The Tower of London's Beefeaters have had a beefy glow up with new uniforms for the Coronation

The Beefeaters at the Tower of London have had fresh uniforms made for King Chazza’s coronation. Previously baring ‘EIIR’ for Queen Elizabeth II, the blue and red ensemble is now emblazoned with the cypher for the King: ‘CIIIR’. 

The guards – officially known as Yeoman Warders – who watch over the Crown Jewels, have worn the sovereign’s initials on their coats since the days of Elizabeth I in 1570. 

Each new uniform, which is called the ‘Blue Undress’, took more than 30 hours to complete, with every coat weighing between 2.3kg and 3kg. A team of more than 40 tailors at Kashket and Partners assembled to create the new drip. The coats are donned by each warder over the top of navy trousers, a red and navy tasselled hat and buckled shoes.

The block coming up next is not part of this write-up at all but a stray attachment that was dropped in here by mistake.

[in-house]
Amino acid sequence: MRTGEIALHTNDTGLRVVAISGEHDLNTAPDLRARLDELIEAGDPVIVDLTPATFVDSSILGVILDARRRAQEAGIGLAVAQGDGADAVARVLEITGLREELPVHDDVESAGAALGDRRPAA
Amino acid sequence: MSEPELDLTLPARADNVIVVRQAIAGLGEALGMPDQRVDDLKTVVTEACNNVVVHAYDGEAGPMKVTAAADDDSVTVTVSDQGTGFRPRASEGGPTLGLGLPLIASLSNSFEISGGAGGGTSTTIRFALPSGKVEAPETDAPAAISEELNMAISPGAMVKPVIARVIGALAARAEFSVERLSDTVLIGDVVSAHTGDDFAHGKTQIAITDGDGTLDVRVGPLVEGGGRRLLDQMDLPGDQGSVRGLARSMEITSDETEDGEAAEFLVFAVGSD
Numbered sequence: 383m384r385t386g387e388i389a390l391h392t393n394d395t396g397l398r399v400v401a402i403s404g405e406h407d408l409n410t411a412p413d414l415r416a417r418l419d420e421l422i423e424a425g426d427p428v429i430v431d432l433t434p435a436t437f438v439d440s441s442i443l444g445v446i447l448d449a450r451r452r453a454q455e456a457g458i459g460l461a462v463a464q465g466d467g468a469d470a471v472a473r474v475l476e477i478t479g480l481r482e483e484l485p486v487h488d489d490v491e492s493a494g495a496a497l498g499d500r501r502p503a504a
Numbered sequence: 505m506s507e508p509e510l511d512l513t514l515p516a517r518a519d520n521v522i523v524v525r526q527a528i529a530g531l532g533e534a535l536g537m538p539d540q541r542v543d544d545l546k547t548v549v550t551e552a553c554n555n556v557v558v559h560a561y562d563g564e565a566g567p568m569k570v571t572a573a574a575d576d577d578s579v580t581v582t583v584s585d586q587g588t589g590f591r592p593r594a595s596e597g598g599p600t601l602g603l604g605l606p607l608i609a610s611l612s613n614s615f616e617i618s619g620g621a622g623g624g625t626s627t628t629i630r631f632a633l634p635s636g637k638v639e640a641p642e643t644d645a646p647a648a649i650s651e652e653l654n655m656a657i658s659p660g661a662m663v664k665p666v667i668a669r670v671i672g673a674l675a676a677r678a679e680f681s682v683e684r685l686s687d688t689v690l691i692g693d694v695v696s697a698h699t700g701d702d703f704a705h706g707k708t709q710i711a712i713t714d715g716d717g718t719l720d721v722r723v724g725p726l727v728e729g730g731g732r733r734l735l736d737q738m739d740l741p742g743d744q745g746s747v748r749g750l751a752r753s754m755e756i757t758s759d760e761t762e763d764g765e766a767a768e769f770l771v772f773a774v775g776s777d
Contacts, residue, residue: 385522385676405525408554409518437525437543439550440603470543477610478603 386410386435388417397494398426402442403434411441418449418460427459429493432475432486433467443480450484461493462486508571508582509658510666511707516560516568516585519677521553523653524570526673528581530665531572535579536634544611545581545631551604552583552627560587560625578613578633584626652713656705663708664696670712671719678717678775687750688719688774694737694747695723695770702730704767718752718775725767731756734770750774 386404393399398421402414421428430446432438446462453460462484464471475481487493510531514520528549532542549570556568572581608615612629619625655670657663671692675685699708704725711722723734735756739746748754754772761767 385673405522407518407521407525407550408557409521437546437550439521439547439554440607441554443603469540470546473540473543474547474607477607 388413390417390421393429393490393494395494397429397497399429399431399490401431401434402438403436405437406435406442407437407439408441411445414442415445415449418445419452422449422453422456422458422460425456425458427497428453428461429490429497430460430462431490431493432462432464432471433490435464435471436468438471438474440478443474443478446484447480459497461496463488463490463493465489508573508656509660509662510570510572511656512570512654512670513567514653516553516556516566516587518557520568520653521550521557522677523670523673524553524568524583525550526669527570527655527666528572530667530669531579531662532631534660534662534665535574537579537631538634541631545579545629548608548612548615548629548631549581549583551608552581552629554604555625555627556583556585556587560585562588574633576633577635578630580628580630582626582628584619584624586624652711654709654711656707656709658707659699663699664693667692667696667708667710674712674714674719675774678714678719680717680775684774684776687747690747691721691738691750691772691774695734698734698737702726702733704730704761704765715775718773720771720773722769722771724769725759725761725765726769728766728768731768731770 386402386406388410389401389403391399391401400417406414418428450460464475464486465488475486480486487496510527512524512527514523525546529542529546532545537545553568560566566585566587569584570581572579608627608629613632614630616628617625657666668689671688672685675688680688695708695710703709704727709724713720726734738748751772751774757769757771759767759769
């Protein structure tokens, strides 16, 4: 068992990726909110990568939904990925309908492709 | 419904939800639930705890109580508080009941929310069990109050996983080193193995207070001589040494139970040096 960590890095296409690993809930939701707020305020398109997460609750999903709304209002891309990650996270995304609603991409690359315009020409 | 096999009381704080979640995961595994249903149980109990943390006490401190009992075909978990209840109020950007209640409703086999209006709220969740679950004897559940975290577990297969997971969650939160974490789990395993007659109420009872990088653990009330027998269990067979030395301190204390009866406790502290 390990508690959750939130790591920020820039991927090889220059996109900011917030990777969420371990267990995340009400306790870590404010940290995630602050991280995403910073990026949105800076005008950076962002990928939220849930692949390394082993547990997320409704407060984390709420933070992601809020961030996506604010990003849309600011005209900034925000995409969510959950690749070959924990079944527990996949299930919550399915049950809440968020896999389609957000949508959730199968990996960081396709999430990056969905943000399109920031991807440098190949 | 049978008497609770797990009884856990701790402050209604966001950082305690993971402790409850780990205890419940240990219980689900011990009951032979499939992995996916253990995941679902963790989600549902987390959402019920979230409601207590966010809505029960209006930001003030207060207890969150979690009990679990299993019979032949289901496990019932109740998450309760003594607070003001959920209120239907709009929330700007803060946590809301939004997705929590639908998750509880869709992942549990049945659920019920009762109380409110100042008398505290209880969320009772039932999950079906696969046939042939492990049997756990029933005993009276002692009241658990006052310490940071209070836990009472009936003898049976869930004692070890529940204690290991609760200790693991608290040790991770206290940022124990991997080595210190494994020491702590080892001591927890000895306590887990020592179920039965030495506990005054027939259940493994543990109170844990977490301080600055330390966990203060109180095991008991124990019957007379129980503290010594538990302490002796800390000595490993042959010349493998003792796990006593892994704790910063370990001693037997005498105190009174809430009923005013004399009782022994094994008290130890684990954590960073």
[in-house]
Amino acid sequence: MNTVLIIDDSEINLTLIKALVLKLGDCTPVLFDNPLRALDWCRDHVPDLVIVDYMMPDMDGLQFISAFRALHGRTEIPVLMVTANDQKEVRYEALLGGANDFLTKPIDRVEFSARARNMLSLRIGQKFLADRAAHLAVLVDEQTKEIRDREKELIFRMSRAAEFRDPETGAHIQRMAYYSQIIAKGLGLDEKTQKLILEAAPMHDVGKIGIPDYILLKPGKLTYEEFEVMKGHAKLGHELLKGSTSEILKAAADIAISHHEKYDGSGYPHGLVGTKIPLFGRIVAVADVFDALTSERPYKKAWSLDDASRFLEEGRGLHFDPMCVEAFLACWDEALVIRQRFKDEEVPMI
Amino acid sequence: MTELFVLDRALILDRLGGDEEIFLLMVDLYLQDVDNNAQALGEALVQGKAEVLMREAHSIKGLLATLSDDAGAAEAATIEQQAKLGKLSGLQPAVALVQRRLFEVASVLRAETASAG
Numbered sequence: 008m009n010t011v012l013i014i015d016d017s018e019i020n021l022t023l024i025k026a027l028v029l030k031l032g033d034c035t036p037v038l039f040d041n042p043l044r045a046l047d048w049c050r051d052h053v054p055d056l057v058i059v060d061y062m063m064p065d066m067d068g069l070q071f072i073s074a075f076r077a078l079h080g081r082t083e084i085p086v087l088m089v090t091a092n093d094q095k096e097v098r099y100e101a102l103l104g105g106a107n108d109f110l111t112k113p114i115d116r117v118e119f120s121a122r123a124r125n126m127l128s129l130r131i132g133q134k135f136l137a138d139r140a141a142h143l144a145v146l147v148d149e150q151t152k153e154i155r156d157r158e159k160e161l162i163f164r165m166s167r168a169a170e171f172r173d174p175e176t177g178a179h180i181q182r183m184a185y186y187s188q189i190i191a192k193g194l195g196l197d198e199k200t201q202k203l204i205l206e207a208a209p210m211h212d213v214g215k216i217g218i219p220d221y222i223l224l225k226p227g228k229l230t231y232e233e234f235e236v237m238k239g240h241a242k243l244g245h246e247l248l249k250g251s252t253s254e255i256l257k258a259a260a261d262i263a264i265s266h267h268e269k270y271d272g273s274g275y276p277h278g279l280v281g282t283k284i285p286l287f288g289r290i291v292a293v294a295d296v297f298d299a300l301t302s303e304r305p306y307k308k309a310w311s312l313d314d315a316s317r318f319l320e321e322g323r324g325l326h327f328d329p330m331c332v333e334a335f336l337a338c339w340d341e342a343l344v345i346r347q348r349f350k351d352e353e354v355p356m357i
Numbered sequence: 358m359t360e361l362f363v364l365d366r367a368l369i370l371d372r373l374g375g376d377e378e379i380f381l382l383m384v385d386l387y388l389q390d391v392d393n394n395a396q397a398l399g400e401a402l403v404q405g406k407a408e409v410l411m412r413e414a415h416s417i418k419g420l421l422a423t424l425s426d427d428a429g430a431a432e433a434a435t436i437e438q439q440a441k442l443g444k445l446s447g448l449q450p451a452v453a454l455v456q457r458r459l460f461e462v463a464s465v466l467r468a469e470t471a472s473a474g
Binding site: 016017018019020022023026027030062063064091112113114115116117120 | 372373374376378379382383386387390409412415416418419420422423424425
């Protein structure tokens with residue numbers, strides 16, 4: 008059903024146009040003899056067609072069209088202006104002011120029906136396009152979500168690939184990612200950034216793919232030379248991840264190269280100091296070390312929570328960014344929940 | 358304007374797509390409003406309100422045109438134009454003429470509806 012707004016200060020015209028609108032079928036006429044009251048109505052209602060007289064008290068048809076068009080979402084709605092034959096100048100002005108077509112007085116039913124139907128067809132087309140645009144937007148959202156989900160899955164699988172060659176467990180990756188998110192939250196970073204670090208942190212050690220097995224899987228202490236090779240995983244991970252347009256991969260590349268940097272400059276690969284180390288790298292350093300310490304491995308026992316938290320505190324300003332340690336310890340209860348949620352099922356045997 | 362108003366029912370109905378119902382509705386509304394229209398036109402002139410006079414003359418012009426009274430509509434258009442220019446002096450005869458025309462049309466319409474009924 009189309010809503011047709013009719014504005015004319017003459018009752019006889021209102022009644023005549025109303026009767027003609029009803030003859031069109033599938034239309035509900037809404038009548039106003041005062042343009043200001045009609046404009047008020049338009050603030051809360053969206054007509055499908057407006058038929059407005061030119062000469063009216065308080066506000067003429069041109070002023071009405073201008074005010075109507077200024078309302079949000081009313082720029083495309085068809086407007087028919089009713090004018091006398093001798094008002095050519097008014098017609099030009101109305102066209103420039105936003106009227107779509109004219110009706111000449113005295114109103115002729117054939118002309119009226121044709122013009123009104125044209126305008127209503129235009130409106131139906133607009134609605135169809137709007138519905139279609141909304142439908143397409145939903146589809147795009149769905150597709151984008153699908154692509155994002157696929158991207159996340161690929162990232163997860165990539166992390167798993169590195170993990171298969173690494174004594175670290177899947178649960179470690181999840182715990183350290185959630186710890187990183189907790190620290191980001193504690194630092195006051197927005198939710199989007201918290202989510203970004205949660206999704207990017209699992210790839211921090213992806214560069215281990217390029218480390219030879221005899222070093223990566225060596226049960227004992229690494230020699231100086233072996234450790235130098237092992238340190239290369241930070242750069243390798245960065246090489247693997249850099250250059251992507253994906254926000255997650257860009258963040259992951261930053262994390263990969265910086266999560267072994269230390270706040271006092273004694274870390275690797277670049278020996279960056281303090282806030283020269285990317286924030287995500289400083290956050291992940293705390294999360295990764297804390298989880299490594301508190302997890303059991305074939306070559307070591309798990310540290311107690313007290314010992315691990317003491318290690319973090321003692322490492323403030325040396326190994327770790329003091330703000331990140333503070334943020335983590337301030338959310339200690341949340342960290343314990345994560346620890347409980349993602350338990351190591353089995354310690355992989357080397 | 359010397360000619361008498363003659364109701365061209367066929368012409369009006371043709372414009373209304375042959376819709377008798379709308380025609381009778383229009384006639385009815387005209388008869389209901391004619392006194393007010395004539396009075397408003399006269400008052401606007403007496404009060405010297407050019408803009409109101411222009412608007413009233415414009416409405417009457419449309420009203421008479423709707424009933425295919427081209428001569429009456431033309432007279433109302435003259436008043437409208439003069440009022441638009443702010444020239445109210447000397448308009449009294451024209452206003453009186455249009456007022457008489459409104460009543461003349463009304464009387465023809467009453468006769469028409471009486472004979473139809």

The boys in blue became known as Beefeaters because of their ration of daily meat back in the day. In 1813, the 30 warders were given 24lbs of beef, 18lbs of mutton ad 16lbs of veal. Tasty!

Pete McGowran, chief Yeoman Warder at the Tower of London, said: ‘We are delighted to be able to unveil these new uniforms in the week preceding the coronation, continuing the Yeoman Body’s proud and long-standing association with the monarchy.

‘It will be an honour and a proud moment for us all to wear them in this very special week.’

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